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About this book

Medieval pilgrimage was, above all, an expression of religious faith, but this was not its only aspect. Men and women of all classes went on pilgrimage for a variety of reasons, sometimes by choice, sometimes involuntarily. They made both long and short journeys: to Rome, Jerusalem and Santiago on the one hand; to innumerable local shrines on the other. The routes that they followed by land and water made up a complex web which covered the face of Europe, and their travels required a range of support services, including the protection of rulers (who were themselves often pilgrims). Pilgrimage left its mark not only on the landscape but also on the art and literature of Europe.

Diana Webb's engaging book offers the reader a fresh introduction to the history of European Christian pilgrimage in the twelve hundred years between the conversion of Emperor Constantine and the beginnings of the Protestant Reformation. As well as exploring this multi-faceted activity, it considers both the geography of pilgrimage and its significant cultural legacy.

Table of Contents

1. Medieval Pilgrimage: an Outline

Abstract
Scattered testimonies suggest that Christians may have been paying religiously motivated visits to Palestine before 300, or even 200, but there has been debate as to whether their motives identify them as pilgrims in the sense familiar later.1 Eusebius transcribes a letter from Melito of Sardis (d. c.190), who had taken the opportunity of a visit to the Holy Land to compile an authoritative list of the books of the Old Testament for a friend. To Melito this was the place where the biblical events had taken place and the ‘truth’ had been revealed. Any attempt to disentangle ‘devotional’ motives from the more academic quest for information on the part of such visitors may be doomed to frustration. Why, after all, were Christians interested in the scriptures if not for devotional reasons? When describing Holy Land topography Eusebius repeatedly uses language which implies that biblical sites were ‘shown’ to visitors. Clearly the long process of identifying them had begun by the early fourth century.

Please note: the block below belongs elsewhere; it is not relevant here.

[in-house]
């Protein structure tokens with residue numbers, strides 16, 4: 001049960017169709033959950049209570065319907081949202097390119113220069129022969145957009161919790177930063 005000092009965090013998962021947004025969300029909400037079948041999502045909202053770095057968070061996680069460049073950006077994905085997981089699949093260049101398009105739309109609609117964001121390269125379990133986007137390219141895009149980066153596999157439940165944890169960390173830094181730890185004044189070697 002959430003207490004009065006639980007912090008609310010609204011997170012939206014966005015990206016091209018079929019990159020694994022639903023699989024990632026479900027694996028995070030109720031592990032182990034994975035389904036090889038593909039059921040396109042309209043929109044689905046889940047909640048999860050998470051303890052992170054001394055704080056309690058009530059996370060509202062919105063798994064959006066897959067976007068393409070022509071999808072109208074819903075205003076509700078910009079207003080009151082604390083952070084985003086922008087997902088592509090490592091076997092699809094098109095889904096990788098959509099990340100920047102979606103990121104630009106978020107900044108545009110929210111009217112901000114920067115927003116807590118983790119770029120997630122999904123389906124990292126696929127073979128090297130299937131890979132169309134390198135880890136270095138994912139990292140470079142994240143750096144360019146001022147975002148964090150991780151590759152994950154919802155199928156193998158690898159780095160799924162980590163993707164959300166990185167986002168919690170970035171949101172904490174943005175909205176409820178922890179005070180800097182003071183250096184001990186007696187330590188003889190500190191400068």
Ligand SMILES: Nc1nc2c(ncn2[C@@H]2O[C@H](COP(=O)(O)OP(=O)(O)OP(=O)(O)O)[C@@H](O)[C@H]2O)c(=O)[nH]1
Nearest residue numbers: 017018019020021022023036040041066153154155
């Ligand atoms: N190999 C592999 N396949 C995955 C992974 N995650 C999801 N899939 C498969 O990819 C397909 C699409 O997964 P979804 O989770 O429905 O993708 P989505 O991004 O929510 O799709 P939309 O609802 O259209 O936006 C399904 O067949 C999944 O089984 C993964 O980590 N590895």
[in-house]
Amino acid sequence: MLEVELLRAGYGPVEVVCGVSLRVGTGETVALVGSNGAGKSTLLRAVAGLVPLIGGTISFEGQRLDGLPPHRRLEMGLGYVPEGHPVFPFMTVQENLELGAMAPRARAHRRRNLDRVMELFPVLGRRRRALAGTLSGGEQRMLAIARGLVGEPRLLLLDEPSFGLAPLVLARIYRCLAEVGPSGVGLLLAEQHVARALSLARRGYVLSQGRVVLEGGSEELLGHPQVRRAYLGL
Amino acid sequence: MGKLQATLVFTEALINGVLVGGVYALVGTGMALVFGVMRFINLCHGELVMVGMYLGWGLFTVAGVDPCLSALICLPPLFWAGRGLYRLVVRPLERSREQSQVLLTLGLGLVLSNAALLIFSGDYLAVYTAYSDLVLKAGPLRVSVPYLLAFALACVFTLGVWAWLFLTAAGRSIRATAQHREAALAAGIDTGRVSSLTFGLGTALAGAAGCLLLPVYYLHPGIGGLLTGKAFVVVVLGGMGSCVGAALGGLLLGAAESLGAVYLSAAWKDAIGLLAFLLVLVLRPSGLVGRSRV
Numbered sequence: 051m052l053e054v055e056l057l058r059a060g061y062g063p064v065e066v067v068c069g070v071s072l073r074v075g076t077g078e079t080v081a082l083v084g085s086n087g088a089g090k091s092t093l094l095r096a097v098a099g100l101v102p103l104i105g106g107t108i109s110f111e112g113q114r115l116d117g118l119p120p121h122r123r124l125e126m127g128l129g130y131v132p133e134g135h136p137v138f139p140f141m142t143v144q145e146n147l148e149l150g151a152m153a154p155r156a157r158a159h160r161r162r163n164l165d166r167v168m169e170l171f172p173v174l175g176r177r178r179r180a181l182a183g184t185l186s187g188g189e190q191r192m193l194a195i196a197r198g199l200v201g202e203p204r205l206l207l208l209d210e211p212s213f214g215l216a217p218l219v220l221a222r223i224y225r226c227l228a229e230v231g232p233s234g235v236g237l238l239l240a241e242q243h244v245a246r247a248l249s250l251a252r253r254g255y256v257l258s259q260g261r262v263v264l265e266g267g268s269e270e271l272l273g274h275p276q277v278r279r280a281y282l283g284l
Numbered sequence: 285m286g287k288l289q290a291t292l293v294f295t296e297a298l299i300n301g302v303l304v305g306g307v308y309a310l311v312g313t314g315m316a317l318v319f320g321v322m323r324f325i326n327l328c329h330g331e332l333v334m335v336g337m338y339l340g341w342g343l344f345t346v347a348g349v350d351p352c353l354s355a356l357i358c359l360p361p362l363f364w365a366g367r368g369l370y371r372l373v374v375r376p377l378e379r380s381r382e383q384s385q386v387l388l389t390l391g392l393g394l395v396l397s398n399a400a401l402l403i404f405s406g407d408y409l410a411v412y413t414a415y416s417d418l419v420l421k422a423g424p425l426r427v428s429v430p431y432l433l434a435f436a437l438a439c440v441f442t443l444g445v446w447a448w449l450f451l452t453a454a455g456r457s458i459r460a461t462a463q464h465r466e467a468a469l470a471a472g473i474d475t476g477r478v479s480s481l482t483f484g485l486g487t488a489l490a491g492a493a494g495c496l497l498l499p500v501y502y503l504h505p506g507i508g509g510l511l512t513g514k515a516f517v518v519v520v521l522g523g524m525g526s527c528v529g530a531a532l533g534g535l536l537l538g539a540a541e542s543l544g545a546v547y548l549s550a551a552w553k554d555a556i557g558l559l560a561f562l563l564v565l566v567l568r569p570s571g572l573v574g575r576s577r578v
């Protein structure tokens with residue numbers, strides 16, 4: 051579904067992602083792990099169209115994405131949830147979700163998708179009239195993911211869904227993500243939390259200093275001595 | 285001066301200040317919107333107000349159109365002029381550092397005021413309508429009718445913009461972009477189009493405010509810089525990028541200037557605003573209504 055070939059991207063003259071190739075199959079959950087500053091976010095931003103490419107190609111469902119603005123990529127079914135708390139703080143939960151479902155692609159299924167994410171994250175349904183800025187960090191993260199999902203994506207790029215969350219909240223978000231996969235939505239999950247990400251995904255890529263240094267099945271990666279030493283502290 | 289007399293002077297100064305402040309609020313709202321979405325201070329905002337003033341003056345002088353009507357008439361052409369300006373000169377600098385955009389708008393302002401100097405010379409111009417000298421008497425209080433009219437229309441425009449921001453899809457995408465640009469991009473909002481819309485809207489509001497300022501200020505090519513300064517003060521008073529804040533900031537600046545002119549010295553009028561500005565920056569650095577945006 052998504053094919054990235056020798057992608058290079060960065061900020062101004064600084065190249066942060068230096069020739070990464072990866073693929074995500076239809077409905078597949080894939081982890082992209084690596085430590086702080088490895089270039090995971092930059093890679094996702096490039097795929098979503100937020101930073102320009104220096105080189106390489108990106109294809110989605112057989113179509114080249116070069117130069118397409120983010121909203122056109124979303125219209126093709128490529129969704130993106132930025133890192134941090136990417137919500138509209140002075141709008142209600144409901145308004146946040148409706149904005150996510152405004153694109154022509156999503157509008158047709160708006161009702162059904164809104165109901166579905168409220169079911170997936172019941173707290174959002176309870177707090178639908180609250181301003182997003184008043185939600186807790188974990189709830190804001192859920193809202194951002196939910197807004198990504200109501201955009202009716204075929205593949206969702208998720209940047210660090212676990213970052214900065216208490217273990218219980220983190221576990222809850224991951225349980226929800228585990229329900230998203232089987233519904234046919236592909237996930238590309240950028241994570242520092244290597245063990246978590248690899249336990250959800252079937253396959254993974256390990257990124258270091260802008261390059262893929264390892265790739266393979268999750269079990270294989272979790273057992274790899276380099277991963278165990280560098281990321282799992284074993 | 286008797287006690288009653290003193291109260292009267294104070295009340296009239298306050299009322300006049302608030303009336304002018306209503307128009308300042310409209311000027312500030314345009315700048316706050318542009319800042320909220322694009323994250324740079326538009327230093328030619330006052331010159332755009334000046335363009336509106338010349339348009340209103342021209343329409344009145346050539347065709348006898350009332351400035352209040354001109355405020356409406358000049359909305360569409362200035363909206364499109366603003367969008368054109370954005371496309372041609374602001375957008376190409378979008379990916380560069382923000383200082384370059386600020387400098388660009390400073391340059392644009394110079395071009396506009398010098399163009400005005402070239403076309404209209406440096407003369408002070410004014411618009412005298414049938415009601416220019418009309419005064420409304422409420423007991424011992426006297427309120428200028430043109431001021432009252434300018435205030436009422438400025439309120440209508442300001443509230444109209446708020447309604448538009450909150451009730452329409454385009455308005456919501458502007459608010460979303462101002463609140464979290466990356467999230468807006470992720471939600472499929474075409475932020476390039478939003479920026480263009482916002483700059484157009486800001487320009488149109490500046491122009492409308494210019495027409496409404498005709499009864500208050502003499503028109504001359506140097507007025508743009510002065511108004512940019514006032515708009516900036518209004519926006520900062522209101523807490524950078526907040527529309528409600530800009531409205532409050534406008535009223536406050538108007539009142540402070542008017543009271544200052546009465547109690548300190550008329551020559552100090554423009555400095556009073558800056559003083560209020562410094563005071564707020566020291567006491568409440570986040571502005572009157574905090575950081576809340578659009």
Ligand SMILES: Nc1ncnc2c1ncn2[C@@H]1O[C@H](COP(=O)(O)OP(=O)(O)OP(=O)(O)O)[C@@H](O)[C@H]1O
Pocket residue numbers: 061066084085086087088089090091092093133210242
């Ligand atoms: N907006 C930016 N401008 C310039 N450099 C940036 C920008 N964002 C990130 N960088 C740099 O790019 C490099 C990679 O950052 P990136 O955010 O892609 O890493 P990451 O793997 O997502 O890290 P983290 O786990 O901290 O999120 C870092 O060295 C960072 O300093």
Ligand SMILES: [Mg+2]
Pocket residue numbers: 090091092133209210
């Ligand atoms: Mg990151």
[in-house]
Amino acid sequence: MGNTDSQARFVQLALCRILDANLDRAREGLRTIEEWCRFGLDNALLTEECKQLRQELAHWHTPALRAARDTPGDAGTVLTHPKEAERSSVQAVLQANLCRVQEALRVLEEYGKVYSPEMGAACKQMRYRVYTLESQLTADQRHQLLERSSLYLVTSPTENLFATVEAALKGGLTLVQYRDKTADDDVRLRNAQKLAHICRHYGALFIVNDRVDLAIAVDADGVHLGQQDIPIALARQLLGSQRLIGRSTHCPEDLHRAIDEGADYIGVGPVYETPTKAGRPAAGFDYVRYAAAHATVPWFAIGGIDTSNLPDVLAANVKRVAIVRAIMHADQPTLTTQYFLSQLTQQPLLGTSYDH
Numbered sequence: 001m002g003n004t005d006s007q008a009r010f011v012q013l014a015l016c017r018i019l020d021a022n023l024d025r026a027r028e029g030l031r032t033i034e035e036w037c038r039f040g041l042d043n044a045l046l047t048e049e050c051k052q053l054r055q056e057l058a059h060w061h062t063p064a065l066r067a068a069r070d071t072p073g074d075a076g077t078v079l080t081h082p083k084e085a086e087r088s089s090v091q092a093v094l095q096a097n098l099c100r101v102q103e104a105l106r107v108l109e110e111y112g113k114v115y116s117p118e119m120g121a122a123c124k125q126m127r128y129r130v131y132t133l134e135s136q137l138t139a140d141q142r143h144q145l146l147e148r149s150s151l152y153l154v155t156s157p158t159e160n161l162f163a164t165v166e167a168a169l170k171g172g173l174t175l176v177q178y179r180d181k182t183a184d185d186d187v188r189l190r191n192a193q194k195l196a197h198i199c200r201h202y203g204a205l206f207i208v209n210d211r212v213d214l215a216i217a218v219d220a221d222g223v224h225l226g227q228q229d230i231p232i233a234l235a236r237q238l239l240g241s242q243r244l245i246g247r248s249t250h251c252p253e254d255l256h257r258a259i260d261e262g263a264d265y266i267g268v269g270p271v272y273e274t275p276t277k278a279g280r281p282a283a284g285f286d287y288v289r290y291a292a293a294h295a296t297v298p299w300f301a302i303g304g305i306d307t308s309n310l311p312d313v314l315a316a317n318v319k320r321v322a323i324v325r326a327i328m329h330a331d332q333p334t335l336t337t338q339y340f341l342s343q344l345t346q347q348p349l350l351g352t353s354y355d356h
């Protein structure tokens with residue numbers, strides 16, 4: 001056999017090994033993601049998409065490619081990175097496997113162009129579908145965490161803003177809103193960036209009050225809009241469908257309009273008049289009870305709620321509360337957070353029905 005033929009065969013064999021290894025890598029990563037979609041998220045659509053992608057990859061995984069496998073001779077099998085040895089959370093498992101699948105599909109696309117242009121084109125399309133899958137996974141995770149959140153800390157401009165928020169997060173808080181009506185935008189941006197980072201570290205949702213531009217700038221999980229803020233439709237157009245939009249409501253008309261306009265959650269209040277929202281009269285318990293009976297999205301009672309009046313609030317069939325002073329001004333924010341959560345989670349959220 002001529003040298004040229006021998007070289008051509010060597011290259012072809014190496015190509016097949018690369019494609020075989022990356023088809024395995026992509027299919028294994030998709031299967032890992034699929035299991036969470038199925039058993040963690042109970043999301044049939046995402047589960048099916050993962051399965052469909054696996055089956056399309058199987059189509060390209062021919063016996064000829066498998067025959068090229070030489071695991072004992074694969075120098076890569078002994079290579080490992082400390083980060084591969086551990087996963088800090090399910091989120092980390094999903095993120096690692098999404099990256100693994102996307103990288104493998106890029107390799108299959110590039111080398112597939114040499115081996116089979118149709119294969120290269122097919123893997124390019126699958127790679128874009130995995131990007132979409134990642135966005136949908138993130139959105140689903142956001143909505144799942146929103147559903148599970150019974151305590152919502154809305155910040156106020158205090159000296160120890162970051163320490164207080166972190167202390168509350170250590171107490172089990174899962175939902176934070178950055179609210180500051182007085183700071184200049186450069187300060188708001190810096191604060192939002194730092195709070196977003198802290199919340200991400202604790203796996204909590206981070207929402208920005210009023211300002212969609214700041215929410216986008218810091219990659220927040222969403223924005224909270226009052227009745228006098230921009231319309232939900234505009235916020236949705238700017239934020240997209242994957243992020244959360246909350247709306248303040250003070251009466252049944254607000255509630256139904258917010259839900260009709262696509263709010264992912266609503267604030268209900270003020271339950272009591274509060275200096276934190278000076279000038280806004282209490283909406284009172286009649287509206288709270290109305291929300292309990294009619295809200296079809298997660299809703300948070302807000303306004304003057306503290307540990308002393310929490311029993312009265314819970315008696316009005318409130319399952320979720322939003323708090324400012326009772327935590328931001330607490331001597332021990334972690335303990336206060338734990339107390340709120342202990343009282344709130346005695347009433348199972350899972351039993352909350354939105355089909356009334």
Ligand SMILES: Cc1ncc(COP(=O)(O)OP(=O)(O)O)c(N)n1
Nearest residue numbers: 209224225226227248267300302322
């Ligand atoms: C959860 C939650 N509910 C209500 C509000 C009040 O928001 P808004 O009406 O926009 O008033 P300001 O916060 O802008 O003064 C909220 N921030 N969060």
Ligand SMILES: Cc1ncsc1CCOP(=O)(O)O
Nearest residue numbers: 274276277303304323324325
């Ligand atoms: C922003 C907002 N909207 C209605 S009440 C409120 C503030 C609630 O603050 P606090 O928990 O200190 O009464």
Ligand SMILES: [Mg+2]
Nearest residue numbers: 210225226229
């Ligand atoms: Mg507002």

Diana Webb

2. Motives for Pilgrimage

Abstract
The famous opening lines of Chaucer’s Canterbury Tales repay repetition when we ponder the question of pilgrim motivation. Here the poet is rooting the human impulse to pilgrimage in a context of nature and season. The sap is rising, crops and creatures are astir, and Chaucer’s characters, because they are Christians, express their participation in the general ferment by going on pilgrimage. Because they are also English, many of them choose to go to Canterbury, but others seek out distant shrines, and for these ‘palmers’ the very ‘strangeness’ of such places is important. The only specific pretext for domestic pilgrimage to which Chaucer refers is the desire to give thanks for delivery from sickness; he assumes that the saint’s ‘help’ has already been received.
Diana Webb

3. Varieties of Pilgrim

Abstract